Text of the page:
How to Concealed Carry: Dos and Don’ts

Concealed Carry Dos and Don’ts

Carrying a firearm for personal protection is a big responsibility. Knowing how to concealed carry a firearm on your person could save the life of you or a loved one, but proper care must be taken at all times to avoid the potential for bad things to happen.

Do These Things When You Are Going to Carry Concealed

Concealed Carrying a Kimber 1911.
Concealed Carrying a Kimber 1911 .45 ACP in an Alien Gear Holster.

Here are 5 important things to consider when carrying a concealed handgun to help keep things safe and legal:

1.  Consider where you are going

Will you be visiting a “gun free” zone? If you are picking up your kids from school or stopping by the post office, depending on your state, you may be violating the law carrying on or near school or federal government property.

Are you going to the gym? Consider what you are going to do with your gun when you change into your workout clothes. Stowing your gun in a lock box or in your trunk is a good option, preferably unloaded.

2.  Have the proper gear

The only safe way to carry a handgun is in a proper holster. Be sure that the holster completely covers the trigger and trigger guard. It is best if the holster is made specifically for the exact make and model  of your firearm. If you use a belt as the mounting point for your holster, be sure it is a “gun belt” designed for this purpose. A gun belt is stiffer and more secure than a standard belt and will securely hold your firearm so it will not flop or slide around.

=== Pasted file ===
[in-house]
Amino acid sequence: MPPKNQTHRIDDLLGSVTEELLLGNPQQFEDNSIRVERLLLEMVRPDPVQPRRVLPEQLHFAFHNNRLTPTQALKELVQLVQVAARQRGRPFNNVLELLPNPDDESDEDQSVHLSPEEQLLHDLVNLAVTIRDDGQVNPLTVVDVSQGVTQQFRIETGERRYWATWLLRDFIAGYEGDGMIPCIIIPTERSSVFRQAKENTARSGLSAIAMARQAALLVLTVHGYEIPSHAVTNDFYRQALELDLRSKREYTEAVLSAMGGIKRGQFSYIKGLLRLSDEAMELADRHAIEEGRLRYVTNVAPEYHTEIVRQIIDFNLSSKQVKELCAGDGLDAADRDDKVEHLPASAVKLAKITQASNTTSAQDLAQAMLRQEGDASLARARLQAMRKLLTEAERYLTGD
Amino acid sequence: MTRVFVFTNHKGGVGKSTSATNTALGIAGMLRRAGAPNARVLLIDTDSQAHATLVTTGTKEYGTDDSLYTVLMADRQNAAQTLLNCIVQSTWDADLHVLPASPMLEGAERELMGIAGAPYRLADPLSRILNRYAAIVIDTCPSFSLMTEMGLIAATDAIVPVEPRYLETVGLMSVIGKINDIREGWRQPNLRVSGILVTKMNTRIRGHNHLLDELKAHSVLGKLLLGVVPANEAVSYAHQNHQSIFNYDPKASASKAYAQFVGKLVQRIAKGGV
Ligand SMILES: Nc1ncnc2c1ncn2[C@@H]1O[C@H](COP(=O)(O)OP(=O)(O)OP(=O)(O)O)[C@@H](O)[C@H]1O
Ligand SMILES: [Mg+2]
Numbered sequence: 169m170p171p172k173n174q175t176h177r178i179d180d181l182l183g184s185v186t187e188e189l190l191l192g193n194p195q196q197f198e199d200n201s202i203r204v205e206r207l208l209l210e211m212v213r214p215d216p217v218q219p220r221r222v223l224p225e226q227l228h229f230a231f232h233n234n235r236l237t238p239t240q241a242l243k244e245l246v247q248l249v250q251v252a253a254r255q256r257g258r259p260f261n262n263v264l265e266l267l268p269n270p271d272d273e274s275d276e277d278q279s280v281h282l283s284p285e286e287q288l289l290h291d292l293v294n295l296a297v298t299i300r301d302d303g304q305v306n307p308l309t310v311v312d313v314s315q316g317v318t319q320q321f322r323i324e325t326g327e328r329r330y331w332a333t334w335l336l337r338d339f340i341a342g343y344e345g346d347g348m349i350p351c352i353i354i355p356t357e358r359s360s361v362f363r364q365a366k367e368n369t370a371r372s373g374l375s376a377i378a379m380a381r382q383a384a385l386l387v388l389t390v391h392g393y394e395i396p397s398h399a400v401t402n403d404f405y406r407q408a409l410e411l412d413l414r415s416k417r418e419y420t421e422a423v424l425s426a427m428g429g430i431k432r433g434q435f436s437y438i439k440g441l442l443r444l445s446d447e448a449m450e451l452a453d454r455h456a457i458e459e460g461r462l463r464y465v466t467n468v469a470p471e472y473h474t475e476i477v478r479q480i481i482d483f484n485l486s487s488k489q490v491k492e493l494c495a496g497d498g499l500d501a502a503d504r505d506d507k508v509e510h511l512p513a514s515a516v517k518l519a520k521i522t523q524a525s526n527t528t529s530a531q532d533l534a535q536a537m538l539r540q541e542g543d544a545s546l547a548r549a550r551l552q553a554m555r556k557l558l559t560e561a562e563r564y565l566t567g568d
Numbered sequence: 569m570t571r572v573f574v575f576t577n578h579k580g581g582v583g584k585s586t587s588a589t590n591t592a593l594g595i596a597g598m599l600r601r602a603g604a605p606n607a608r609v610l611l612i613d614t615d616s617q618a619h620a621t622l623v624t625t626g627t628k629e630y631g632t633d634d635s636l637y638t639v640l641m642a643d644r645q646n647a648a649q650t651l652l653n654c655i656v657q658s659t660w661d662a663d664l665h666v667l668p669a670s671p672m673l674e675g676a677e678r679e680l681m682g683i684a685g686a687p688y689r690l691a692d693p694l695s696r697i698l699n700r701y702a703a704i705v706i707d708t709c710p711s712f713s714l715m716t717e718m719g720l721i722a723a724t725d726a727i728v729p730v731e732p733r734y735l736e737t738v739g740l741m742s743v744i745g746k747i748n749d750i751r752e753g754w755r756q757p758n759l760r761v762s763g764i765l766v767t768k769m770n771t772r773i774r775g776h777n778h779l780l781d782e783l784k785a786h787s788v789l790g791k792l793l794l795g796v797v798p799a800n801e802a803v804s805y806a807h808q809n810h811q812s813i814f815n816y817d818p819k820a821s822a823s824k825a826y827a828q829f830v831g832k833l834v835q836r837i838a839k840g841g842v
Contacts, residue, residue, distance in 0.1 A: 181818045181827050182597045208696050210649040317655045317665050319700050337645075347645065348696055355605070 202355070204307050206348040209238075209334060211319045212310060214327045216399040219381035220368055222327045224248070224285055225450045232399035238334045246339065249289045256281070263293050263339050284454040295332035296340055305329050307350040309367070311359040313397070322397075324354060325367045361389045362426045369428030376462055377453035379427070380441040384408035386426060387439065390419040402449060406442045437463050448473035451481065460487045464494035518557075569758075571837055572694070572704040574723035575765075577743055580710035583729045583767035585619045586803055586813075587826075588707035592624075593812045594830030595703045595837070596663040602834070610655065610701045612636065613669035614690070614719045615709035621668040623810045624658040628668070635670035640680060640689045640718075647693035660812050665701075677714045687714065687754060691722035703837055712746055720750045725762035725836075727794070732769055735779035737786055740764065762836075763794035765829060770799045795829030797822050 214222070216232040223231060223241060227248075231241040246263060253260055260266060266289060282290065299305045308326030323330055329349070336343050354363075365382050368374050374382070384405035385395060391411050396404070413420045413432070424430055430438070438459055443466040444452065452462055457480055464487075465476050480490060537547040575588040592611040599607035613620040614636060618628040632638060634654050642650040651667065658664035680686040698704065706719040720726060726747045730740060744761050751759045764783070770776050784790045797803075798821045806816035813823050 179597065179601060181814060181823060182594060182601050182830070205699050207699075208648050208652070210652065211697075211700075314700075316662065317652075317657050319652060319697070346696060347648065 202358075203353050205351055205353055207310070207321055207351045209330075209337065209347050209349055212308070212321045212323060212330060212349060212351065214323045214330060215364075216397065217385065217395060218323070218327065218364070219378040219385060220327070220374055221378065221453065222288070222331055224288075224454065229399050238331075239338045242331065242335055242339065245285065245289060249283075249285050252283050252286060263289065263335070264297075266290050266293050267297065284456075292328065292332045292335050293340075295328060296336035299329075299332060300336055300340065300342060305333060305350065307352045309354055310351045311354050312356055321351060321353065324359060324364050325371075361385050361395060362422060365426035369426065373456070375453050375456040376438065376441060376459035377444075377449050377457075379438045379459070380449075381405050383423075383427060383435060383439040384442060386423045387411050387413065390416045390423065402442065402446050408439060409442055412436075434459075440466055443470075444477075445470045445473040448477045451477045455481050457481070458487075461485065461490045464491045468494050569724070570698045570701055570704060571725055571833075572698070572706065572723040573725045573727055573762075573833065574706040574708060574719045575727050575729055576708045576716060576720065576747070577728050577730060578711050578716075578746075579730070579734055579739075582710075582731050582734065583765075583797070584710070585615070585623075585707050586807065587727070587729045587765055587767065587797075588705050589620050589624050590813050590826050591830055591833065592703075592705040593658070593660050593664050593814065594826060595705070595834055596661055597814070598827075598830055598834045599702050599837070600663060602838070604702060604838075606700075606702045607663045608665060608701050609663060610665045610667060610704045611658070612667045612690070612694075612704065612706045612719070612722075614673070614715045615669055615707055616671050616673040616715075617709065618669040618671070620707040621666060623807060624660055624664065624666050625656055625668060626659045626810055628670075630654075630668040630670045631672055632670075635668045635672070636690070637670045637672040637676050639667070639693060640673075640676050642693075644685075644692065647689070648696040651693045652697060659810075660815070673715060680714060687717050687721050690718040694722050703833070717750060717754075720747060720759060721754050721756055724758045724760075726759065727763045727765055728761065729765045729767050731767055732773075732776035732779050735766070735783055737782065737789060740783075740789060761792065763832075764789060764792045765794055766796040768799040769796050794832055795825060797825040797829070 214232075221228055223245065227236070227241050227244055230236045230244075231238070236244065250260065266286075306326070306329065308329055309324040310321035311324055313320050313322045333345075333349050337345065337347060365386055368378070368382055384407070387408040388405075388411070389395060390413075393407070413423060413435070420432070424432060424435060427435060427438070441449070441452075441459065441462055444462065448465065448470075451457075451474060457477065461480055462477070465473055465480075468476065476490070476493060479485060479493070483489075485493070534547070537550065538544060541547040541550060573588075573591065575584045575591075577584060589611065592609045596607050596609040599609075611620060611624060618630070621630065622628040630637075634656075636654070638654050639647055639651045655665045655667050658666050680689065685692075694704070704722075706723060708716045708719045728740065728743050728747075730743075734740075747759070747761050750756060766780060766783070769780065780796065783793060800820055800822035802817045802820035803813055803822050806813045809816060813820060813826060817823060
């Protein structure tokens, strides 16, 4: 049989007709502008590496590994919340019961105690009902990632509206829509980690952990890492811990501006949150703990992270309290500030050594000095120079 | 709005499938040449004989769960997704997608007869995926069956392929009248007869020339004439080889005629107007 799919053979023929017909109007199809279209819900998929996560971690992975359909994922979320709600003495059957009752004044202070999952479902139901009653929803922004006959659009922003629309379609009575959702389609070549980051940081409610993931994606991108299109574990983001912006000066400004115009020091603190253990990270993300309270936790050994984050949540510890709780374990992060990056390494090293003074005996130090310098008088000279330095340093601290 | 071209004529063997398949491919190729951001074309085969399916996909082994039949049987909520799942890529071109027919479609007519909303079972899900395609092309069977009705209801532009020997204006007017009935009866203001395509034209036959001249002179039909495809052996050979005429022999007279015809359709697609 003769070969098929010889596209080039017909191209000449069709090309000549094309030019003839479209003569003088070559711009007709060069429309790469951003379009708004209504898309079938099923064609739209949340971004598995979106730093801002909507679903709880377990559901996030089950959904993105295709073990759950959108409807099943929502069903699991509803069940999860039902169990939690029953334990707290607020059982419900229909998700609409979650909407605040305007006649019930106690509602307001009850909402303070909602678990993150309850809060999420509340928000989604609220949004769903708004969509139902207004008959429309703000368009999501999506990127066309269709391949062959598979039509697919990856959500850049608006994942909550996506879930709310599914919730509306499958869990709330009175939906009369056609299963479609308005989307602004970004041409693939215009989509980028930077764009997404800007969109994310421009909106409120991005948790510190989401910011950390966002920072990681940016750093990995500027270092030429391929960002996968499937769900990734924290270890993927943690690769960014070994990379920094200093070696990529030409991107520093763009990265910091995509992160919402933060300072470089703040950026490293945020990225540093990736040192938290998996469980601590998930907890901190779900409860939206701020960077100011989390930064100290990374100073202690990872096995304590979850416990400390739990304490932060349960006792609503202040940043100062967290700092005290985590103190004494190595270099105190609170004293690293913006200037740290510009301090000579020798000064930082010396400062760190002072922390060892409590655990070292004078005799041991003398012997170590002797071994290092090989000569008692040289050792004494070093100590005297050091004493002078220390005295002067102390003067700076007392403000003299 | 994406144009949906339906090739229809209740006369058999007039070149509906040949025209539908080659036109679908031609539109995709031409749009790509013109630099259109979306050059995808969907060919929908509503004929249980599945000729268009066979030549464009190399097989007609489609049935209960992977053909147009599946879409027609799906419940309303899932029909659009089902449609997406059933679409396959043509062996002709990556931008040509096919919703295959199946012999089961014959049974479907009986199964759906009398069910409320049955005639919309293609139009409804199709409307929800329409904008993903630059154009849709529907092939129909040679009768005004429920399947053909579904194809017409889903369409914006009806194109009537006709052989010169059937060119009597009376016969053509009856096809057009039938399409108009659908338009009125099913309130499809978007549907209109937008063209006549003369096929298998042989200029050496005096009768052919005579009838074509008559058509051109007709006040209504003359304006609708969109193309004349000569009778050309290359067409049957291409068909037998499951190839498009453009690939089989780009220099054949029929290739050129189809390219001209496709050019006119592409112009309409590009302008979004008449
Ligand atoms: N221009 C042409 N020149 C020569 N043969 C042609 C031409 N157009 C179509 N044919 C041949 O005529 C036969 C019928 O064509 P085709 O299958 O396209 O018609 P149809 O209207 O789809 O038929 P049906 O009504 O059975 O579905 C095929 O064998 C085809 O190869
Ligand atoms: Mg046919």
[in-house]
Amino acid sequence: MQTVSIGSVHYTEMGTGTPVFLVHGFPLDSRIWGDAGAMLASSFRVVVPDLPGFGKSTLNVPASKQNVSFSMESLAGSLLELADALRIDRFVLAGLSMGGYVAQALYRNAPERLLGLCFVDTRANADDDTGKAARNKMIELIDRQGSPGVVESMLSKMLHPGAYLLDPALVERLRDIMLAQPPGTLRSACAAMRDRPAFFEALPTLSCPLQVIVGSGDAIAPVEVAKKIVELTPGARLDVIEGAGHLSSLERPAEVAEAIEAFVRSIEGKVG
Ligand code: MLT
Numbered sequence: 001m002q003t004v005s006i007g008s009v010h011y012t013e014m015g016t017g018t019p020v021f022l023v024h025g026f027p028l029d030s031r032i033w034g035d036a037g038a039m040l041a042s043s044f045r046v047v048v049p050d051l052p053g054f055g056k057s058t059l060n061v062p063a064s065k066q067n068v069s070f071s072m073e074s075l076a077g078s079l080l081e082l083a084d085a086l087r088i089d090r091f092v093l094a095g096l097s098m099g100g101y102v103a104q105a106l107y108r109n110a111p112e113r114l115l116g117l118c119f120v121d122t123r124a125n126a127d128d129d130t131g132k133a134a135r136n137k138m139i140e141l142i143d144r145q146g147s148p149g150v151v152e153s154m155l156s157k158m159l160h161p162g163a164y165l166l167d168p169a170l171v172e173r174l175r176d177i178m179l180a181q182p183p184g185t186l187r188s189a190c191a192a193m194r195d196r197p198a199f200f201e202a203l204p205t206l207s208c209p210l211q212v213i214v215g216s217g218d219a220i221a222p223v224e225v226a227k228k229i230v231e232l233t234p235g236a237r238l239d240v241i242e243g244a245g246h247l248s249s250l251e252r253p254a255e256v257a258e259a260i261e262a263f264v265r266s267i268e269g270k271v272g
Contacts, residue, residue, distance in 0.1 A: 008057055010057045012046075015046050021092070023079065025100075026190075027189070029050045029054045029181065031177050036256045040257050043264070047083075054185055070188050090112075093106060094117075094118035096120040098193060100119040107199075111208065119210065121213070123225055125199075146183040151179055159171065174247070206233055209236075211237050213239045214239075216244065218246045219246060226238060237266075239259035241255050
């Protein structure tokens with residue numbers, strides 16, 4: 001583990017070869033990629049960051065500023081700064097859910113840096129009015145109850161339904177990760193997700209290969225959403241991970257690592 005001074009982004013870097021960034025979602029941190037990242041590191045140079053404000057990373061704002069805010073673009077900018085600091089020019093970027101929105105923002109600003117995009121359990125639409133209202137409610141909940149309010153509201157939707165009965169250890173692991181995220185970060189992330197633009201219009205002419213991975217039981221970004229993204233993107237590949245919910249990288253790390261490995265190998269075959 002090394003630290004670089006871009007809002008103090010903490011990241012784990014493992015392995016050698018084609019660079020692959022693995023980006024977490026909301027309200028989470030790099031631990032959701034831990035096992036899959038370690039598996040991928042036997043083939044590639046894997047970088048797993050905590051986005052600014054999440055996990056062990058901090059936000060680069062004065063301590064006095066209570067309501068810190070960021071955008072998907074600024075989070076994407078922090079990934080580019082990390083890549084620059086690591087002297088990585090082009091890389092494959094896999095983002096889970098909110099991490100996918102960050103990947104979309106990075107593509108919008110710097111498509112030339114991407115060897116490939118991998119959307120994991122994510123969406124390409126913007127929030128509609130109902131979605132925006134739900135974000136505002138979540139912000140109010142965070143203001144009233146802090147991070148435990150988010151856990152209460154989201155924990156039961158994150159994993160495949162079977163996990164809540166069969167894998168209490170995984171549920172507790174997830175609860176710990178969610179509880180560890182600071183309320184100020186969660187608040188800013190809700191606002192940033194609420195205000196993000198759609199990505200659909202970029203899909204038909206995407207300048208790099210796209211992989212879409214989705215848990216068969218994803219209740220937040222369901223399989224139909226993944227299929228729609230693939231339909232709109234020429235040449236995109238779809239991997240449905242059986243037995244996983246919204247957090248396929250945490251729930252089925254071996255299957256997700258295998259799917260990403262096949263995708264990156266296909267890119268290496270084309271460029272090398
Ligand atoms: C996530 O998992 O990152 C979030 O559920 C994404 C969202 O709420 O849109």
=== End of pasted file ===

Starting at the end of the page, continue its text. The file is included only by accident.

3. Perform a chamber check and magazine check daily

Always do a chamber check before holstering your gun. You need to be certain that a round is chambered (if that is how you carry). You need to know the condition of your weapon at all times. You should always carry the same way so there is never a question as to what will happen when you press that trigger!

You should perform the check EACH time you holster your gun and EACH time you remove the gun from your holster.


Chamber check

Checking for a round in the chamber.
Checking for a round in the chamber.


Magazine check

Always do a magazine check before you carry.
Always do a magazine check before you carry.


In addition to checking the chamber, you should also remove the magazine and look at it. Make sure it is full and free of foreign objects or anything else that may interfere with the proper functioning of the magazine. replace the magazine and be sure it is seated in the gun.

When you carry every day, there is a lot of gun handling, and it is possible that the mag release button may have accidentally been pressed.

Always do a magazine check before you carry.
Be sure the magazine is fully seated.


If you do not check this and the magazine is not properly seated, at the very least you may embarrassingly drop a mag in the Walmart paint department (I know first hand), or at worst, if you need to draw your gun for self defense, you will only have a single shot!

4. Clean & lube the gun regularly

Having your gun constantly under your clothing, against your skin, in and out of the gun safe, it is going to get dirty. Clothing fibers and sweat and general grime will build up and possibly cause problems with proper function of your gun. Be sure to clean and lube at least once per month, even if it is never fired.